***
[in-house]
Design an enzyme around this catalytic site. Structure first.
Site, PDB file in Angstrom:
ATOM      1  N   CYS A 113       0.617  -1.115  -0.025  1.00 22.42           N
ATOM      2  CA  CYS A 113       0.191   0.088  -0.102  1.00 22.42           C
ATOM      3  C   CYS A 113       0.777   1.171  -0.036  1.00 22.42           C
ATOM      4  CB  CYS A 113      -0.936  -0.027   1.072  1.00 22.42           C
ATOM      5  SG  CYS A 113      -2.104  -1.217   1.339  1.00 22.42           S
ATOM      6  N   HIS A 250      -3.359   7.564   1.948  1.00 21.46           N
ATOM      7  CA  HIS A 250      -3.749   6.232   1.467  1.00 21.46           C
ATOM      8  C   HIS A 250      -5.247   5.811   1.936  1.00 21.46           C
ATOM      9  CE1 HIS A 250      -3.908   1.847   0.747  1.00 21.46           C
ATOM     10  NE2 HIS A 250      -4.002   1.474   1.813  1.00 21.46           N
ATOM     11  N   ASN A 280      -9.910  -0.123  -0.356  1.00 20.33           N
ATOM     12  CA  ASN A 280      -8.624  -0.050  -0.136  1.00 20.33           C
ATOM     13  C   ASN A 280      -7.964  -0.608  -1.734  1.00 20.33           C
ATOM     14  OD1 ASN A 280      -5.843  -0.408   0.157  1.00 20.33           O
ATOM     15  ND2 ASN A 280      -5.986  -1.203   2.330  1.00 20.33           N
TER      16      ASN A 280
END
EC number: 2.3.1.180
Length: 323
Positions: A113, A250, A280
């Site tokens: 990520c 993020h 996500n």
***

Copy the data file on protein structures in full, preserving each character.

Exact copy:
[in-house]
Design an enzyme around this catalytic site. Structure first.
Site, PDB file in Angstrom:
ATOM      1  N   CYS A 113       0.617  -1.115  -0.025  1.00 22.42           N
ATOM      2  CA  CYS A 113       0.191   0.088  -0.102  1.00 22.42           C
ATOM      3  C   CYS A 113       0.777   1.171  -0.036  1.00 22.42           C
ATOM      4  CB  CYS A 113      -0.936  -0.027   1.072  1.00 22.42           C
ATOM      5  SG  CYS A 113      -2.104  -1.217   1.339  1.00 22.42           S
ATOM      6  N   HIS A 250      -3.359   7.564   1.948  1.00 21.46           N
ATOM      7  CA  HIS A 250      -3.749   6.232   1.467  1.00 21.46           C
ATOM      8  C   HIS A 250      -5.247   5.811   1.936  1.00 21.46           C
ATOM      9  CE1 HIS A 250      -3.908   1.847   0.747  1.00 21.46           C
ATOM     10  NE2 HIS A 250      -4.002   1.474   1.813  1.00 21.46           N
ATOM     11  N   ASN A 280      -9.910  -0.123  -0.356  1.00 20.33           N
ATOM     12  CA  ASN A 280      -8.624  -0.050  -0.136  1.00 20.33           C
ATOM     13  C   ASN A 280      -7.964  -0.608  -1.734  1.00 20.33           C
ATOM     14  OD1 ASN A 280      -5.843  -0.408   0.157  1.00 20.33           O
ATOM     15  ND2 ASN A 280      -5.986  -1.203   2.330  1.00 20.33           N
TER      16      ASN A 280
END
EC number: 2.3.1.180
Length: 323
Positions: A113, A250, A280
């Site tokens: 990520c 993020h 996500n």